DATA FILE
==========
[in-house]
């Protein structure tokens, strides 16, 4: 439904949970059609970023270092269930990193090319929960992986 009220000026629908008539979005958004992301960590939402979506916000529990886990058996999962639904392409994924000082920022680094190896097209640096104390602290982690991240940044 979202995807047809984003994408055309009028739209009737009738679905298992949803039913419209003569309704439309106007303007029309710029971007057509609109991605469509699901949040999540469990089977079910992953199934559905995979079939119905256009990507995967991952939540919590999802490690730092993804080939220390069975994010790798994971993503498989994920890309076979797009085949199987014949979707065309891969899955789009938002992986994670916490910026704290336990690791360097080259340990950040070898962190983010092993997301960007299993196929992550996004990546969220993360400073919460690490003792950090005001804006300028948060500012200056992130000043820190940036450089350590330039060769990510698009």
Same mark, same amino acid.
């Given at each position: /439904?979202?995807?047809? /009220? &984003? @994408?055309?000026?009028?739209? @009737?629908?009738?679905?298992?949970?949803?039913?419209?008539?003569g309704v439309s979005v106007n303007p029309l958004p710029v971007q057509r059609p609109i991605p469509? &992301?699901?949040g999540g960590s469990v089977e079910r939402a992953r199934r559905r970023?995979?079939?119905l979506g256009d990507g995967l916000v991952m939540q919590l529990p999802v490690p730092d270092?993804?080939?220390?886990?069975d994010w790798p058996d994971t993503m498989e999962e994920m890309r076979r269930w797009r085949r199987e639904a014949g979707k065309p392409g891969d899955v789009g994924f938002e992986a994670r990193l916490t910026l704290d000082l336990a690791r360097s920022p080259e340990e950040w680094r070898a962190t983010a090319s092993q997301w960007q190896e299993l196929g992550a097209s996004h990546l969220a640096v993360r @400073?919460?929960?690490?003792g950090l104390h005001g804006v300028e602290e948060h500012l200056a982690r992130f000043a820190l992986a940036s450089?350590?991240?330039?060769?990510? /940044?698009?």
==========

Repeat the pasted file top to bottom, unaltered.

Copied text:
[in-house]
């Protein structure tokens, strides 16, 4: 439904949970059609970023270092269930990193090319929960992986 009220000026629908008539979005958004992301960590939402979506916000529990886990058996999962639904392409994924000082920022680094190896097209640096104390602290982690991240940044 979202995807047809984003994408055309009028739209009737009738679905298992949803039913419209003569309704439309106007303007029309710029971007057509609109991605469509699901949040999540469990089977079910992953199934559905995979079939119905256009990507995967991952939540919590999802490690730092993804080939220390069975994010790798994971993503498989994920890309076979797009085949199987014949979707065309891969899955789009938002992986994670916490910026704290336990690791360097080259340990950040070898962190983010092993997301960007299993196929992550996004990546969220993360400073919460690490003792950090005001804006300028948060500012200056992130000043820190940036450089350590330039060769990510698009």
Same mark, same amino acid.
């Given at each position: /439904?979202?995807?047809? /009220? &984003? @994408?055309?000026?009028?739209? @009737?629908?009738?679905?298992?949970?949803?039913?419209?008539?003569g309704v439309s979005v106007n303007p029309l958004p710029v971007q057509r059609p609109i991605p469509? &992301?699901?949040g999540g960590s469990v089977e079910r939402a992953r199934r559905r970023?995979?079939?119905l979506g256009d990507g995967l916000v991952m939540q919590l529990p999802v490690p730092d270092?993804?080939?220390?886990?069975d994010w790798p058996d994971t993503m498989e999962e994920m890309r076979r269930w797009r085949r199987e639904a014949g979707k065309p392409g891969d899955v789009g994924f938002e992986a994670r990193l916490t910026l704290d000082l336990a690791r360097s920022p080259e340990e950040w680094r070898a962190t983010a090319s092993q997301w960007q190896e299993l196929g992550a097209s996004h990546l969220a640096v993360r @400073?919460?929960?690490?003792g950090l104390h005001g804006v300028e602290e948060h500012l200056a982690r992130f000043a820190l992986a940036s450089?350590?991240?330039?060769?990510? /940044?698009?």